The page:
What I’m reading: Today I read about some WWII historic moments.
What I’m watching: Seinfeld.
What I’m listening to: Joe Bonamassa – Get Back My Tomorrow
Be the reason people enjoy coming into the office, daily.
Have you heard this before? Recently, I was asked about this statement and it didn’t take me long to answer due to my experiences as a service member in the U.S. Air Force and U.S. Marine Corps. The question was:
“Could you give me a realistic example why someone would want to go to work besides getting paid?”
The answer is simple but complicated all the same:
The simple part: Be their mentor. Be their trainer. Invest time in that individuals’ personal development. They’ll want to come to work knowing their peers and mentors will support them.
Professionals, how many hours did you dedicate to train and mentor someone before they trusted you and WANTED you to teach them? Think back to when you started out, did you have a personal trainer and mentor guiding you along your LocalGov career? How did that change your perspective on the career? Was it helpful? Are you still appreciative today? Or, maybe you never had a trainer or mentor and wished you could’ve had a little more guidance when you started? The fact is obvious, it only produces better qualities in people. Moreover, LocalGov is providing a service, giving back to communities. Why wouldn’t you begin within your own offices – perhaps buildings?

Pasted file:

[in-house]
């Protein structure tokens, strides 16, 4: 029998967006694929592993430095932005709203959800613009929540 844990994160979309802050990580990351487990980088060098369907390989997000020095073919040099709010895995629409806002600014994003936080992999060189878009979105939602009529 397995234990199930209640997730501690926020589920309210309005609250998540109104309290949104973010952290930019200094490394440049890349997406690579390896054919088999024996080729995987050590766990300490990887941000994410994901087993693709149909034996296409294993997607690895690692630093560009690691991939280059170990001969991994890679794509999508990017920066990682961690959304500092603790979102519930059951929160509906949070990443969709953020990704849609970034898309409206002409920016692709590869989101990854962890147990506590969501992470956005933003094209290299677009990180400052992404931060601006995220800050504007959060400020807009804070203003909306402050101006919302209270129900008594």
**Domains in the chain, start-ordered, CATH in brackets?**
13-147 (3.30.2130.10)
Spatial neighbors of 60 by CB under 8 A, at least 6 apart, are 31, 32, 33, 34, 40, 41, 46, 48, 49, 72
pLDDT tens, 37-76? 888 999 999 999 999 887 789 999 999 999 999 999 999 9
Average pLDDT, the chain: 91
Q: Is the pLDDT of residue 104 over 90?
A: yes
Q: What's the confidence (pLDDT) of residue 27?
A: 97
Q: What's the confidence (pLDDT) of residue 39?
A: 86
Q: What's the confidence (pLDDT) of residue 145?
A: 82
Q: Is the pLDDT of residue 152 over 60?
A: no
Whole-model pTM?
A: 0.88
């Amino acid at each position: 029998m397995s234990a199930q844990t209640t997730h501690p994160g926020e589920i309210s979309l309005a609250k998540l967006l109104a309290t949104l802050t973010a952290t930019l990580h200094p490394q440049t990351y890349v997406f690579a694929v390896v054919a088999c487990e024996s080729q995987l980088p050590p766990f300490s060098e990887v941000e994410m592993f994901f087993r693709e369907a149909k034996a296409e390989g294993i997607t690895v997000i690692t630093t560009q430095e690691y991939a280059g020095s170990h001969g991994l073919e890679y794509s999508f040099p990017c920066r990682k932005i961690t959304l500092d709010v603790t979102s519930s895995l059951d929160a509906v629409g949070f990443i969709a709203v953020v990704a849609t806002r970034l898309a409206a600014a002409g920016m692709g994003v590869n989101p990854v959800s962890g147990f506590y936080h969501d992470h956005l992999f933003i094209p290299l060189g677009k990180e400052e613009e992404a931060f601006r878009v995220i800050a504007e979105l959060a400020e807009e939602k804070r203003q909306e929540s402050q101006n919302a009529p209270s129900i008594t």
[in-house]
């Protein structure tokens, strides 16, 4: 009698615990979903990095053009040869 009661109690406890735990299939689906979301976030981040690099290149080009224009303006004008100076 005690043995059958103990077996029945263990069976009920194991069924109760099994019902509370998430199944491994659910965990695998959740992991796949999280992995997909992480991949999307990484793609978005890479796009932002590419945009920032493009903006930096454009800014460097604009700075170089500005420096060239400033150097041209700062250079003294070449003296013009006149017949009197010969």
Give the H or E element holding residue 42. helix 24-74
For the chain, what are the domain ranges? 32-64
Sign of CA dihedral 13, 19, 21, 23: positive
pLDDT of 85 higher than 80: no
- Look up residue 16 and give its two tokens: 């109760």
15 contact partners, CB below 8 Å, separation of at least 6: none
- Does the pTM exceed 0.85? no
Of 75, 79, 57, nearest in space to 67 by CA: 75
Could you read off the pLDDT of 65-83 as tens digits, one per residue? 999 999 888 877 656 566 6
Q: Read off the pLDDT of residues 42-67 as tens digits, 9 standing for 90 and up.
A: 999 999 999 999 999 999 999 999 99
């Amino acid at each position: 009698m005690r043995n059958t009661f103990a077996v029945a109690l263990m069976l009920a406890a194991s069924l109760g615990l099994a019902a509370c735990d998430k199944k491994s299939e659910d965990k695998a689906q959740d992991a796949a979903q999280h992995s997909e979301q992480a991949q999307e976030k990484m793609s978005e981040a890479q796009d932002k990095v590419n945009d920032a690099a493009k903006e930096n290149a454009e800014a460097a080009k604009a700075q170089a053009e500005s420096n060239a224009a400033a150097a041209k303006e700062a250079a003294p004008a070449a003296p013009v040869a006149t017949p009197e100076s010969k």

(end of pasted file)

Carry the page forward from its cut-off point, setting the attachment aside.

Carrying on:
When I first started welding and sheet meal fabrication, I was hesitant and didn’t do well at first. My supervisor spent hours helping me through the process. He tasked me with harder tasks each day. It took time to succeed but after a few months I wanted to come in and be challenged because I KNEW he was going to support me. He was going to let me fail and learn until I succeeded. Soon after, I led the work center and was internally promoted every step of the way after.
The complicated part: This will take time.
As professionals embedded in our careers we can become so consumed with our careers and own tasks that we forget one simple question.
How can I help?
This tiny statement dictates whether your team will succeed or fail; more importantly, attracting new ideas and talent to the team.
When discussing teamwork and areas of concern you’ll always hear a team lead ask “what do we need to do?” Seldom will you hear, “how can I help?” Teams and subordinates (new LocalGov members?) may know what needs to be done to complete a task but may need assistance from their team lead. They may need YOUR guidance and expertise. The team may be hesitant to ask you because of their perception that YOU may be a “hands off” team lead. Or, their perception may be skewed as they don’t see you dedicating more time to team development. Has this happened to you?
If you’re wondering why tasks may not be completed on time or within scope, it may be because you didn’t offer your assistance as the team lead.
Throw in that statement, “How can I help?” You’ll be glad you did.
Be supportive. Spend time doing it. It pays off.
How are you going to be the reason someone enjoys coming to the office?